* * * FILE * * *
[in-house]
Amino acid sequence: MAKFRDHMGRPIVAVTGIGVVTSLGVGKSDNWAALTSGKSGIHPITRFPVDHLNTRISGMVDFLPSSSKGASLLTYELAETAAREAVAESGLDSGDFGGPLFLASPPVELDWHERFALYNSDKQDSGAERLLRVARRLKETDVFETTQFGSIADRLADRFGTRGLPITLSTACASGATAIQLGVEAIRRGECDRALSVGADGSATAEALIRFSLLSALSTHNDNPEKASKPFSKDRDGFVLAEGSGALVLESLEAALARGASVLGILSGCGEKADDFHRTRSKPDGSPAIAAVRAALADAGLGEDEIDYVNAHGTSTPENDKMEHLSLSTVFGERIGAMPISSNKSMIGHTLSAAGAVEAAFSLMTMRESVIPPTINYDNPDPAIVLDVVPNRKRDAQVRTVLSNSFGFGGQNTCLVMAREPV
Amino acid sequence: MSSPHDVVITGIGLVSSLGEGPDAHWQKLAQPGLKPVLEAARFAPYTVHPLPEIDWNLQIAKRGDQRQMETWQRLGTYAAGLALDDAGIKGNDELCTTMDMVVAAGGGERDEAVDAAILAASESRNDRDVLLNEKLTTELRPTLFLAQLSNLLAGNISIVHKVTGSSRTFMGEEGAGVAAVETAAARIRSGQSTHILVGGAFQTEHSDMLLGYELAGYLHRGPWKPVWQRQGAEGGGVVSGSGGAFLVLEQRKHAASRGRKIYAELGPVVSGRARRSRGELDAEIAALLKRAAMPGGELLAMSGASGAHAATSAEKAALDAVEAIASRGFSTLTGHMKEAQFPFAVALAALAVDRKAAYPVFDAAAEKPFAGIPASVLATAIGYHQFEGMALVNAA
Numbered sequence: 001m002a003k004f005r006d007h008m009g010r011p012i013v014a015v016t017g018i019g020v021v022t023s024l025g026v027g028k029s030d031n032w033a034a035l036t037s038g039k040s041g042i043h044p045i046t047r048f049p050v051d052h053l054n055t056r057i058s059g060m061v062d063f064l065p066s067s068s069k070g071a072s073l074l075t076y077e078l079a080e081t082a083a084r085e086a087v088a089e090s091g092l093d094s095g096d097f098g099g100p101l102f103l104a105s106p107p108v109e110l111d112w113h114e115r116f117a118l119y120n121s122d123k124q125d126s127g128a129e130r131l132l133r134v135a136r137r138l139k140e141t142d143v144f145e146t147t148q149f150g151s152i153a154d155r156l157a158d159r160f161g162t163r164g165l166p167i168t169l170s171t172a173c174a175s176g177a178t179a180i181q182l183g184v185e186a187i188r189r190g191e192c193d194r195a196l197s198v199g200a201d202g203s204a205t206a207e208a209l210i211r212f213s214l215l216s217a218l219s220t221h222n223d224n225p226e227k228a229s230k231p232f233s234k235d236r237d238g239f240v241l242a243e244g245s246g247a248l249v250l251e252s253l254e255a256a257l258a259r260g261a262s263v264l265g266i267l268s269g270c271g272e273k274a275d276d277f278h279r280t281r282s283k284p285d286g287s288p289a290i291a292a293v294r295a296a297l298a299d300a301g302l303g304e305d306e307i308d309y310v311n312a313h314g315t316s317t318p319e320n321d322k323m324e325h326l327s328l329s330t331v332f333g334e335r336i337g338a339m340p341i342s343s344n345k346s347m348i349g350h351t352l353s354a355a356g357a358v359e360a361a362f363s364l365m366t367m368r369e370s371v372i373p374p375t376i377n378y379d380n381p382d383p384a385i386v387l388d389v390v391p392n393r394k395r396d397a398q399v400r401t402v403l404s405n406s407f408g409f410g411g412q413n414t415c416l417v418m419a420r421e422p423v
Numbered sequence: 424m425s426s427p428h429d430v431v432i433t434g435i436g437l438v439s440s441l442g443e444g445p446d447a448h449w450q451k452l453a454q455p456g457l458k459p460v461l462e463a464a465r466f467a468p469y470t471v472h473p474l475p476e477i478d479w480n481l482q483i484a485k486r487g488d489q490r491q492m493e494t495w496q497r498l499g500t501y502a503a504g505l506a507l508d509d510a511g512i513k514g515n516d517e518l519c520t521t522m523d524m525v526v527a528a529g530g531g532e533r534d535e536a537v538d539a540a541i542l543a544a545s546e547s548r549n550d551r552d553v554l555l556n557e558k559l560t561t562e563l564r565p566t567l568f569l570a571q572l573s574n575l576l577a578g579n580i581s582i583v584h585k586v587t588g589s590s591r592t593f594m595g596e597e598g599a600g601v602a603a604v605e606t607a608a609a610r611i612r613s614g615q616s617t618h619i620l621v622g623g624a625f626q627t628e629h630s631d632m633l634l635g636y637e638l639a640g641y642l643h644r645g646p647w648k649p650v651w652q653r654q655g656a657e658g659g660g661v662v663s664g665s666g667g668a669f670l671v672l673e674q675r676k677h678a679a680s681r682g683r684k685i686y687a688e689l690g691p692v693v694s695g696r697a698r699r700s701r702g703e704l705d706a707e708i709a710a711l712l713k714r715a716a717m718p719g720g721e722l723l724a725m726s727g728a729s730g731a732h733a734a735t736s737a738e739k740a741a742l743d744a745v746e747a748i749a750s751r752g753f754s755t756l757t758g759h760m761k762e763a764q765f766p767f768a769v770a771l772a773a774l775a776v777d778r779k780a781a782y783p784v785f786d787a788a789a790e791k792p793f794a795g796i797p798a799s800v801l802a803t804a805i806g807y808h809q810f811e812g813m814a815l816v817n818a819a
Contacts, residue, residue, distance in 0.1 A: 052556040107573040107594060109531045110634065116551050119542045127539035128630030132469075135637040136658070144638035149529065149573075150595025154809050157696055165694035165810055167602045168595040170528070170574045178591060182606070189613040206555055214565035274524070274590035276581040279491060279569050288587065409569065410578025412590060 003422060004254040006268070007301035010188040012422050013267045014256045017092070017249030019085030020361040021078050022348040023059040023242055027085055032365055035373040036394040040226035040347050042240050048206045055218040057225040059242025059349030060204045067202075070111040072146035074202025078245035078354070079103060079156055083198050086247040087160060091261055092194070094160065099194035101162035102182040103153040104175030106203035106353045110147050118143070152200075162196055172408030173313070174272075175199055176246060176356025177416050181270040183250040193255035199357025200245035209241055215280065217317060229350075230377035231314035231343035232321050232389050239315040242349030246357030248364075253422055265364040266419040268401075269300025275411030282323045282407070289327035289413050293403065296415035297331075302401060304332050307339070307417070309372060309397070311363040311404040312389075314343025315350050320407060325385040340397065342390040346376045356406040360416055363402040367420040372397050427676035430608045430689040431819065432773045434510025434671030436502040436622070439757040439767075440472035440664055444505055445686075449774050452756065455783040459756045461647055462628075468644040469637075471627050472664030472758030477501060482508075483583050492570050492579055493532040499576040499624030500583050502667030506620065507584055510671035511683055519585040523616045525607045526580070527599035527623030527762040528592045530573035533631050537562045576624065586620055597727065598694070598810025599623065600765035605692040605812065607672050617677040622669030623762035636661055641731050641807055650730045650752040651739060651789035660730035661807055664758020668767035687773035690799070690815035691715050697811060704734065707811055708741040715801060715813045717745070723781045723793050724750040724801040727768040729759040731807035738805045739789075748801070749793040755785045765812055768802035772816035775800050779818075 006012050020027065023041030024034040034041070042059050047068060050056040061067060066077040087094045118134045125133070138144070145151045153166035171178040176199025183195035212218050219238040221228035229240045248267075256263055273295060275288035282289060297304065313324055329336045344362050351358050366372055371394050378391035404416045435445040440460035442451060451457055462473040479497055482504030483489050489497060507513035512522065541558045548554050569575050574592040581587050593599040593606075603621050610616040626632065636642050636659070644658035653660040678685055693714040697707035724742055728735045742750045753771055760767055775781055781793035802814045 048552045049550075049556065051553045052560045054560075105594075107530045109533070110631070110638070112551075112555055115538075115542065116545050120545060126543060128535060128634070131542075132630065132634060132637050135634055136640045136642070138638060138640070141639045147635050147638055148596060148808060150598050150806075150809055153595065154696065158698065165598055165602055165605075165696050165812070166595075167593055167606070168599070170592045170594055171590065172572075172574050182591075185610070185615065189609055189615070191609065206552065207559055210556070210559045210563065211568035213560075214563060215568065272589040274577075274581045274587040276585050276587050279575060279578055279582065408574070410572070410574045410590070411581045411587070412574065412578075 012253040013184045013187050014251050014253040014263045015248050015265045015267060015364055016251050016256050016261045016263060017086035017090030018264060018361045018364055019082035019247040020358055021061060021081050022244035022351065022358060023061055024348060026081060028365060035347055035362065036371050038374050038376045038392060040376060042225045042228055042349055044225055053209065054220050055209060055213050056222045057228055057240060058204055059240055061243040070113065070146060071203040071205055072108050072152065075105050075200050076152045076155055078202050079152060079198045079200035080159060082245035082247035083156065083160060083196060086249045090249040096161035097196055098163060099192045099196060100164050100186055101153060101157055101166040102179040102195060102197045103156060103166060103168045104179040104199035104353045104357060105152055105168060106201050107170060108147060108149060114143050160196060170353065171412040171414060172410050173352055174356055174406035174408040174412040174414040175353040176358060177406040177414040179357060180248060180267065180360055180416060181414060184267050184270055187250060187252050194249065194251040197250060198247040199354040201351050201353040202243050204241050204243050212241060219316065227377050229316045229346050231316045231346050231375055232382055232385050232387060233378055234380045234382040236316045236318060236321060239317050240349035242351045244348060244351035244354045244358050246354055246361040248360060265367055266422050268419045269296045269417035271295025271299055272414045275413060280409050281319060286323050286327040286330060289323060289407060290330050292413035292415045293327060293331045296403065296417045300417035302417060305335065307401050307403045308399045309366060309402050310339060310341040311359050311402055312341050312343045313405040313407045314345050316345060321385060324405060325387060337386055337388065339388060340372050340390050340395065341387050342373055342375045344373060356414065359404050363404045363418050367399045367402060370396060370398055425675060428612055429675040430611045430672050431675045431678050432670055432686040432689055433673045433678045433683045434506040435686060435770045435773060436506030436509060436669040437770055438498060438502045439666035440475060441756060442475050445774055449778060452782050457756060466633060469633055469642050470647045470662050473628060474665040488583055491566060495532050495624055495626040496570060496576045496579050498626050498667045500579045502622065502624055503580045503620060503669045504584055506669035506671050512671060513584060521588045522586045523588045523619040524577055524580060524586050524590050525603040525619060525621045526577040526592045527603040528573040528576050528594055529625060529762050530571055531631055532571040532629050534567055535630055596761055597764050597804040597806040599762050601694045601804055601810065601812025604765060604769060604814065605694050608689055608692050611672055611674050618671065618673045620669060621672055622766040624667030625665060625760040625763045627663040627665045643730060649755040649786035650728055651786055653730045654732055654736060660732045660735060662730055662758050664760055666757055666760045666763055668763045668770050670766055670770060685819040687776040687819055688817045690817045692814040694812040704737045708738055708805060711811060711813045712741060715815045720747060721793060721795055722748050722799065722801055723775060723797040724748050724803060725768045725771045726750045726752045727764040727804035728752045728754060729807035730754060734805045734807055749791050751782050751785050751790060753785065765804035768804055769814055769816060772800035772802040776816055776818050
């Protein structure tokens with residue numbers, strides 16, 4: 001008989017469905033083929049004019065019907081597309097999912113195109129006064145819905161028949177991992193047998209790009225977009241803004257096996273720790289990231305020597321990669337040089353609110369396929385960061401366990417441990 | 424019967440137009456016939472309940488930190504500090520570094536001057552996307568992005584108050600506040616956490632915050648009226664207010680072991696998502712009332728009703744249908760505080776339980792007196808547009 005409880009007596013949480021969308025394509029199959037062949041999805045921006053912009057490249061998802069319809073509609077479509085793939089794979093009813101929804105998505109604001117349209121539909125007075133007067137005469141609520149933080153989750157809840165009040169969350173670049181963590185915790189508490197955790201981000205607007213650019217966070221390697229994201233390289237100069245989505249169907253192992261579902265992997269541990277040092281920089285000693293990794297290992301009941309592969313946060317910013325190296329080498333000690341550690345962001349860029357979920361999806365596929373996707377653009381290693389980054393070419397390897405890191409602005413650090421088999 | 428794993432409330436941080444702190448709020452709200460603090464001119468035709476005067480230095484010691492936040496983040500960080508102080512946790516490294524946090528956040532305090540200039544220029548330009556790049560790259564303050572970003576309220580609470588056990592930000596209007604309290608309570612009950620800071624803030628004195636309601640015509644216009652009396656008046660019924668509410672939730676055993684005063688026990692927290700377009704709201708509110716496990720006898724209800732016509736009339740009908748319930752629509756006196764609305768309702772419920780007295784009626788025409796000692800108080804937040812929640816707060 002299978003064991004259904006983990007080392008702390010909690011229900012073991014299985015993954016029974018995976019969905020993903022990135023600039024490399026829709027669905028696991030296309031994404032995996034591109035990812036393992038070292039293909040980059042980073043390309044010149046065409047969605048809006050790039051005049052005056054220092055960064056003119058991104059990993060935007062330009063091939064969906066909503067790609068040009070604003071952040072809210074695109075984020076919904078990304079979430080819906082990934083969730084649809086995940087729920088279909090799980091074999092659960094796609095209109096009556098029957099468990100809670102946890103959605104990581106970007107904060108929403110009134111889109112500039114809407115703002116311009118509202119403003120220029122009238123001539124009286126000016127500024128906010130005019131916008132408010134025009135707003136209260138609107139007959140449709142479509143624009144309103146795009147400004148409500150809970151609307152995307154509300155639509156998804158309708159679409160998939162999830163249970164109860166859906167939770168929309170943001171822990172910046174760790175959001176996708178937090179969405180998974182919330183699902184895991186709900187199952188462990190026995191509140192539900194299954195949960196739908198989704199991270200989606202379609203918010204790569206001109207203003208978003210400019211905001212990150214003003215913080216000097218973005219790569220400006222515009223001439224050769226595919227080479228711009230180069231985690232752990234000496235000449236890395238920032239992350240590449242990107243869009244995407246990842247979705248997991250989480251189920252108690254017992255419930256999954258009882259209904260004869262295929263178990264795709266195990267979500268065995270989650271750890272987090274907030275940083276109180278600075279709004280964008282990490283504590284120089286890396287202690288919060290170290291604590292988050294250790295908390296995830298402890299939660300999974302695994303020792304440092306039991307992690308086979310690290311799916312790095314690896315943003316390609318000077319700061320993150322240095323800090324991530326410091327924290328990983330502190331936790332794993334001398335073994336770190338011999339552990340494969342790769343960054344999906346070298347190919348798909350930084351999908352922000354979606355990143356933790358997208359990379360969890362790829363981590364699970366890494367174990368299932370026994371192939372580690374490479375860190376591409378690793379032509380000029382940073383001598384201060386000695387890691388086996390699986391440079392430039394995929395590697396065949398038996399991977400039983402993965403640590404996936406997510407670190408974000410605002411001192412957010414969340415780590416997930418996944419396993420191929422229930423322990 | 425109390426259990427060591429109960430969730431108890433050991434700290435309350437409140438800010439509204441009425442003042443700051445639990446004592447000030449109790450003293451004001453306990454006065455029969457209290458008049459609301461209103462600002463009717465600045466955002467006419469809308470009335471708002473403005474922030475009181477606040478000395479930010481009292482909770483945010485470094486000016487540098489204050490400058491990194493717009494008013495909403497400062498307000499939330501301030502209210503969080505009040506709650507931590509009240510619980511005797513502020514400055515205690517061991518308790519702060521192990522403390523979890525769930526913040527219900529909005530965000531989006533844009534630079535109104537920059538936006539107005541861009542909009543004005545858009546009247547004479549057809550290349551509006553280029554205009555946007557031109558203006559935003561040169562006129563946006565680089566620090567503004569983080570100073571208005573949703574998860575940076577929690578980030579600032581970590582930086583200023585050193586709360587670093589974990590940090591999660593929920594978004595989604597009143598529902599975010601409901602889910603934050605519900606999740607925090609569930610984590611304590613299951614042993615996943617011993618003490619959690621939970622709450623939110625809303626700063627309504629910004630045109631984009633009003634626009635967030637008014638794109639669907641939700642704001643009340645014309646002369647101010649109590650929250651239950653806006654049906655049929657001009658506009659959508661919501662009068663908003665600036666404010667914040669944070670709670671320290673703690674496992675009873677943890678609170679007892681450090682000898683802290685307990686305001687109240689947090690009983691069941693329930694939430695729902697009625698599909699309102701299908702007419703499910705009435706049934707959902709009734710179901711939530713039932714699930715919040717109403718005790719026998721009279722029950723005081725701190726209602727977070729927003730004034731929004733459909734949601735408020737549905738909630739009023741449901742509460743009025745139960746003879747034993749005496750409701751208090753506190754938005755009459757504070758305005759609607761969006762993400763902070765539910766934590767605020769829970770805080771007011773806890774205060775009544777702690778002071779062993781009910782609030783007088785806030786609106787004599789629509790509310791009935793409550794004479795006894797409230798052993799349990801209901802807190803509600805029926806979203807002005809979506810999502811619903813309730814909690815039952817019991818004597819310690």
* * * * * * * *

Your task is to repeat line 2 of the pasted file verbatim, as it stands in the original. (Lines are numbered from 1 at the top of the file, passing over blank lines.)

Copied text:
Amino acid sequence: MAKFRDHMGRPIVAVTGIGVVTSLGVGKSDNWAALTSGKSGIHPITRFPVDHLNTRISGMVDFLPSSSKGASLLTYELAETAAREAVAESGLDSGDFGGPLFLASPPVELDWHERFALYNSDKQDSGAERLLRVARRLKETDVFETTQFGSIADRLADRFGTRGLPITLSTACASGATAIQLGVEAIRRGECDRALSVGADGSATAEALIRFSLLSALSTHNDNPEKASKPFSKDRDGFVLAEGSGALVLESLEAALARGASVLGILSGCGEKADDFHRTRSKPDGSPAIAAVRAALADAGLGEDEIDYVNAHGTSTPENDKMEHLSLSTVFGERIGAMPISSNKSMIGHTLSAAGAVEAAFSLMTMRESVIPPTINYDNPDPAIVLDVVPNRKRDAQVRTVLSNSFGFGGQNTCLVMAREPV